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1998 News Recap
 Western Pima County Community Council celebrated its ninth anniversary. Newly elected board members Dianne Gallerani and Artie Julander were installed.
 Proceeds from the Vaudeville Show put on by the Ajo Community Players were contributed to the Ajo Gibson Volunteer Fire Department. All performers in the show were local talent.
 A portrait of Lillie Salazar painted by Hector Sotelo was unveiled in a ceremony at the Salazar-Ajo Branch Library, Salazar was head of the library for 12 years before her death in May 1997.
 The registration point for a year-round 11k volkswalk was set up at the Ajo District Chamber of Commerce. The volkswalk is located at Organ Pipe Cactus National Monument.
 The Tucson Symphony Orchestra played in Dicus Auditorium.
 Ron Youngs, 63, of Phoenix died in a fall down a 100-foot shaft in the Gunsight Mine.
 Handicapped accessible ramps were added to the sidewalks along Solana.
 Community First Bank began operating in Ajo. The company bought rural branches from Bank One.
 Firefighters of the Ajo Gibson Volunteer Fire Department fought their first blaze of the year.
 Dean & Arla Hadfield commemorated their 50th wedding anniversary spending the day with their daughter Sheila Hadfield Lundgren and her family.
 The Cabeza Prieta Natural History Association offered several Childs Mountain caravans as well as continuing the winter lecture series with six programs about the Sonoran desert.
 The Vietnam Wall was on display in Sells. The traveling replica of the Vietnam Veterans Memorial that stands in Washington, D.C. held the names of three local men who were recognized along with 58,000 others who died during that war.
 Pima County Health Department and the Ajo Community Health Center sponsored events in recognition of Heart Month.
 The boards of Ajo Community Health Center and Ajo Lukeville Health Service District continue to struggle with the clinic's finances. Paul Vasquez, Karen Gonzales, Susan Guinn-Lahm, and Tony Ramon were introduced as new ACHC board members.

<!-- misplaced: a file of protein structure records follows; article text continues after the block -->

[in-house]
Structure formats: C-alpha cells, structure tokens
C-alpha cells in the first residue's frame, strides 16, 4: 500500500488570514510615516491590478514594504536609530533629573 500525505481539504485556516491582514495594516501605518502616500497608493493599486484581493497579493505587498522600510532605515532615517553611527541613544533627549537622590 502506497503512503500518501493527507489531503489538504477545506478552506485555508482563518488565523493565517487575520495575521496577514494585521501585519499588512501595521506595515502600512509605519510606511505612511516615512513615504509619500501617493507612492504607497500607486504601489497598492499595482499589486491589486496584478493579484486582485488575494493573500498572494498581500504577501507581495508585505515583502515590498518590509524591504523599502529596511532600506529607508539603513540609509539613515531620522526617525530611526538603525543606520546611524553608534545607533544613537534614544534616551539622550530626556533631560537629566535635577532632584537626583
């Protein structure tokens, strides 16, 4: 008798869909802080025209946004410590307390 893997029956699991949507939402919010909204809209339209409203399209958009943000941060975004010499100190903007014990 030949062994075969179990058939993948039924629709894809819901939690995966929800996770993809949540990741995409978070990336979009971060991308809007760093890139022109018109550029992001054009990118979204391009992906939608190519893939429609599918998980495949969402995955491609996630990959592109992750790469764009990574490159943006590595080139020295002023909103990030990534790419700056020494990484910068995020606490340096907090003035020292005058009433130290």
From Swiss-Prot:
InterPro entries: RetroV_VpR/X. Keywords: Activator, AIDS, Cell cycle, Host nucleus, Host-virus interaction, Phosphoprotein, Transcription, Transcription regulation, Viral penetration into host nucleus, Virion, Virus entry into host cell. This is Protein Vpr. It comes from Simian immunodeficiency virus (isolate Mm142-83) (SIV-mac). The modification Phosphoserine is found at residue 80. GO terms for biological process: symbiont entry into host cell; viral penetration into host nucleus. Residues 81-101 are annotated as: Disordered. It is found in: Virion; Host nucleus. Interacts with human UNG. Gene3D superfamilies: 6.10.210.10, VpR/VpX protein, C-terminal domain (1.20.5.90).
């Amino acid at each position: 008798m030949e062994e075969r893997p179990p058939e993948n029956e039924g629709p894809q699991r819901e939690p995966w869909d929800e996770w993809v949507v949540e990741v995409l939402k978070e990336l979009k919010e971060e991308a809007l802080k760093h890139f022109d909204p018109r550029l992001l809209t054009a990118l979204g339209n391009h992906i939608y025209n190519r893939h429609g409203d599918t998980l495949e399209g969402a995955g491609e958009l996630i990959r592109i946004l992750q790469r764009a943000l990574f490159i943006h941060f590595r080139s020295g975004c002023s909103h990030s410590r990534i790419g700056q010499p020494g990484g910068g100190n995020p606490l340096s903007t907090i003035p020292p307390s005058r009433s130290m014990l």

El Nino didn't keep the fiddlers from jamming in the parking lot, entering fiddling contests and playing for dancers at the 20th annual Old Time Fiddlers Contest held at the Moose Lodge. Jesse Stockman of New Mexico was the grand champion.
 Seniors Juan Diarte, Malin Lewis, Peter Roberts, Hans Peterson, Alex Flores, Colleen Walters, and Angelina Valenzuela played their last basketball games for Ajo High School against San Pasqual.
 The Western Pima County Community Council held its 7th annual Hazardous Waste Collection Day. About 80 households participated by disposing of their hazardous items with the volunteers from WPCCC.
 A silent auction brought in money for the school band. Glen Barrett donated hand-crafted wooden chairs and footstools and bids were submitted through the mail.
 The 4th annual VFW Chili Cookoff was won by May Burchfield & Lee Thompson. In second were Jerry Hyde & Millie Boozer with Aaron Doyle & Rose Ritz in third.
 Why Utility elected officers at its annual meeting: president Curtis Taylor, senior director Don Schnell, and directors George Hagen, Joe Hammonds, Norman Paden.
 The Ajo Council for the Fine Arts sponsored Igor and the Cowboys bringing jazz to Ajo as their final program of the season.